Beyond the usual fluff of background and concept, the only other thing you need are creeds, the core beliefs that make up the Eidolon's morality. Fans of Burning Wheel will feel right at home here, as the game encourages you to challenge your creeds whenever possible. Putting creeds into play also makes conflicts much more deadly, as violating them can cause an Eidolon to become fractured, and his traits shaken up suddenly and unpleasantly.



Chapter 4 covers the basic exchange of making a scene as part of the story. The players ask and answer establishing questions in a round-robin style, until there enough detail for the characters to take action. The player who initially set the scene becomes the GM for the scene, and the other players attempt to resolve the scene, whether it is a conflict, puzzle, or social situation. The success or failure of the character's actions depends on draws from the Balance, and play continues until the GM decides that the scene is sufficiently resolved. The GM also gets to take an action on his turn, which is called Escalation. There really aren't many rules here, such as how many successes or failures it takes to "win" or "lose". People looking for stringently-defined rules here will be disappointed.


Eidolons can also spend some of the points from their own Balance to give themselves automatic success. This takes away that point from the character temporarily, and adds it to the Balance. It tips the scales, if you would, and gives the players some ability to mess with a realm's balance for a while.



Chapter 5 deals with cornerstones, and the realms they contain within them. This chapter deals mainly with the art of building new realms to explore. There are a plethora of lists of various terrain types, technologies, cultures, natural wonders, and other details to make things easier than just coming up with stuff off of the top of your heads. The book also gives you advice on how to populate your new realm with encounters, something that will definitely come in handy. Finally a total of 21 points are spent on the seven main elements to make the realm's Balance. A pacifistic realm may have very little Fire, but a militaristic one may have a lot. Extra Pure Anima or Aether cards can be added in to make things more interesting.


Cornerstones can hold other things besides realms. The players can also find Paradigms, which add new mechanics that affect the way Eidolons interact with the world. These new mechanics may include switching to a dice-based resolution, shifting around an Eidolon's personal Balance, or adding new technologies to all realms. The players can also discover Conceits, pieces of Old Empyrean that have been lost since the shattering. These are special advantages to make them stronger, such as adding a Pure Anima card to their Balances, or gaining the ability to alter the terrain. I found these to be a nice touch, nothing so powerful as to be unbalancing if not checked. It gives the players more power to change the game up to better suit their evolving needs, especially once their world grow beyond the first couple of realms.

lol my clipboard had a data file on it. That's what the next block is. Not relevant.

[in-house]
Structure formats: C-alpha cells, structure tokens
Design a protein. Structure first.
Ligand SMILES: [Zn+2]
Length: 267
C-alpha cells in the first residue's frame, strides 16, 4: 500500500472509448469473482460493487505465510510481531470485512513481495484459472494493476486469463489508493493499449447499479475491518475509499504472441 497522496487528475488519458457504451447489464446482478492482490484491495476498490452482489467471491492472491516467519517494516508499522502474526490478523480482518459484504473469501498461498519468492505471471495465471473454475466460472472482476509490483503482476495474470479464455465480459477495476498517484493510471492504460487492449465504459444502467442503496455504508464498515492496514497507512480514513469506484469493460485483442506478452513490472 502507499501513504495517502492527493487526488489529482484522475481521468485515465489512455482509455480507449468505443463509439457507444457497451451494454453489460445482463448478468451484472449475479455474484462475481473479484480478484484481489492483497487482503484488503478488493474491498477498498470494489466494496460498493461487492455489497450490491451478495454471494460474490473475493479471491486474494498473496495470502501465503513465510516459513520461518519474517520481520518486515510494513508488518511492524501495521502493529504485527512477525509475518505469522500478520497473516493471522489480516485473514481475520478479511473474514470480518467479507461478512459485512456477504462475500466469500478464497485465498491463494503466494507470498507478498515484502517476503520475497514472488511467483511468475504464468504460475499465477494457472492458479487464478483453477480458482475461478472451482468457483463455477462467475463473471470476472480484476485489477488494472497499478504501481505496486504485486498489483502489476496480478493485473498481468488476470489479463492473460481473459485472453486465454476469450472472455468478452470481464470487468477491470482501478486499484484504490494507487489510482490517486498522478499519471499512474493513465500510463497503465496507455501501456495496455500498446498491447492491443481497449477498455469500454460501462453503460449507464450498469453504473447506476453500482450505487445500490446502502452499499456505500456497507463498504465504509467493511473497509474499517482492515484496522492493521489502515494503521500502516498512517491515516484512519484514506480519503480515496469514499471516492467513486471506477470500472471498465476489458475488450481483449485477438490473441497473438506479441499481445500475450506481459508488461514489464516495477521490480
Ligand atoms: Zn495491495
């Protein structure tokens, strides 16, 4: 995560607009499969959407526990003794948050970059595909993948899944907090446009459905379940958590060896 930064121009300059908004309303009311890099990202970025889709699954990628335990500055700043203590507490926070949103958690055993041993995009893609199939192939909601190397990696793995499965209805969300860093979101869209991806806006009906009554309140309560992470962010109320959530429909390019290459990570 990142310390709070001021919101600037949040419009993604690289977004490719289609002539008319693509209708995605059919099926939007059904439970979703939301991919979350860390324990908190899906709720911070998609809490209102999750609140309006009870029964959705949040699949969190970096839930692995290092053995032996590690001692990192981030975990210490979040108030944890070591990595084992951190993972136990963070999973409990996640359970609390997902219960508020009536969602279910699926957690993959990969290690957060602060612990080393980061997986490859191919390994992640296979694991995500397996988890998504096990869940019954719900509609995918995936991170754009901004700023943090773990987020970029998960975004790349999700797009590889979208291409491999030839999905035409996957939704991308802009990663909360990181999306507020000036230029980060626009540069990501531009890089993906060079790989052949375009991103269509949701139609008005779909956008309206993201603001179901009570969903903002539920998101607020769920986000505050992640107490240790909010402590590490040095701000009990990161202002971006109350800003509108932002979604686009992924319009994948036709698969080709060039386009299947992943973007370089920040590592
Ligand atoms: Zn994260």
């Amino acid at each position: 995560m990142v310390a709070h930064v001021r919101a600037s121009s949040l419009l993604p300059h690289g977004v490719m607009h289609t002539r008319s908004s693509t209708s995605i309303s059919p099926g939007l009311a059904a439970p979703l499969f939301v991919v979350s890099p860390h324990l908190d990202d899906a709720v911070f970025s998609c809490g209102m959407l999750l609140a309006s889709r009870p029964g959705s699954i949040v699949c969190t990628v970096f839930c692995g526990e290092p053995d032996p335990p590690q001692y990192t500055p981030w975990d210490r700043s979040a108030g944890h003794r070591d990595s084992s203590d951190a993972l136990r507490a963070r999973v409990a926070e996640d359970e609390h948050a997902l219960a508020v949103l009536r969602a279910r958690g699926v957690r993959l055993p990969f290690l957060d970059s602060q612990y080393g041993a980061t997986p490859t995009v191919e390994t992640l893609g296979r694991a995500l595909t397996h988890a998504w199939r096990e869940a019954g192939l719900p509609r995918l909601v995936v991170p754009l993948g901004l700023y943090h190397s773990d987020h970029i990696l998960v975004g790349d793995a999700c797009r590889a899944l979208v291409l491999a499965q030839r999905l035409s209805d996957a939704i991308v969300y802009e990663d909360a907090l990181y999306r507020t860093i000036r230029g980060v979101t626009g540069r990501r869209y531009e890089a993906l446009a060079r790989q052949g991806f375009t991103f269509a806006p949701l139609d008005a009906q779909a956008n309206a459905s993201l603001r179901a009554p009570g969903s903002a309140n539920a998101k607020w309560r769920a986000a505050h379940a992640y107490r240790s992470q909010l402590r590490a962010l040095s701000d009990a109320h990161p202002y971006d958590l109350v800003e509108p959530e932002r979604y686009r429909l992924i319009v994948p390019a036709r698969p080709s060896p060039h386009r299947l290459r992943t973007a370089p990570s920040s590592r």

How to Craft your game:

Would you believe we're not even halfway through the book yet? While we've established the ground rules for the game, the next fifteen pages discuss the intricacies of storytelling in Empyrean, and how to build a good foundation. The outlines of starting scenarios for the game, as well as tips to guide character development and encounter construction to make a better long-term plot. There are also other ways to run the game, such as setting the action before the destruction of the Grand Cornerstone, or making Eidolons summonable by certain people in the real world, if you'd rather dispense with the setting as presented in the book.


The book also includes a sample realm in great detail. Nitar, a steampunk city inhabited by several Eidolons and Eidolon-related factions, gives lots of opportunity for interaction in an Eidolon-based society. The mines below the city and the ruins Nitar is built upon give room for exploration and conflict. Included are several tables full of dungeon encounters for exploring the mines, steam vaults, and ruins below. It's a well-detailed example that shows you what is possible, though hopefully most realms don't need twenty-five pages worth of detail.


This is not to say that the realms you make need to be so top-heavy. When making a new realm, it's better to start with just a basic outline, and allow it to grow organically as you explore, adding things as you go along.


A long section on persona traits and their associated abilities comes next, followed by lists of magical items, blank planning sheets to copy, encounter generation tables, and materials created by Empyrean's kickstarter supporters.


The Verdict:

While a rotating GM-ship and an emphasis on collaboration and worldbuilding may not be everyone's cup of tea, Empyrean does a good job of giving you the tools you'll need to make your own realms as well as adventures to have in them. It presents something cool without excessively reinventing the wheel. The artwork was pleasing and the layout was readable. The main rules themselves don't take too long to comprehend, but since everyone will be wearing the GM hat at some point, as deeper understanding is advisable, which may make for a steeper learning curve. The innovative Balance mechanic was the best style selling point for me, but it may take a bit of experimentation to get used to both the mechanic and the style of play. 4 out of 5 for style.


Mystic Empyrean may help you scratch your itch for a multiverse exploration game in the style of Everway or Kingdom Hearts, or it may be what a Nobilis or crunch-weary Exalted player is looking for. Either way, the book does a good job of helping you on your way to discover new worlds and adventures. There's a surprising amount of content for a game based on creating your own world. Those who need that extra help will find it useful, and those who don't can easily disregard it. 5 out of 5 for substance.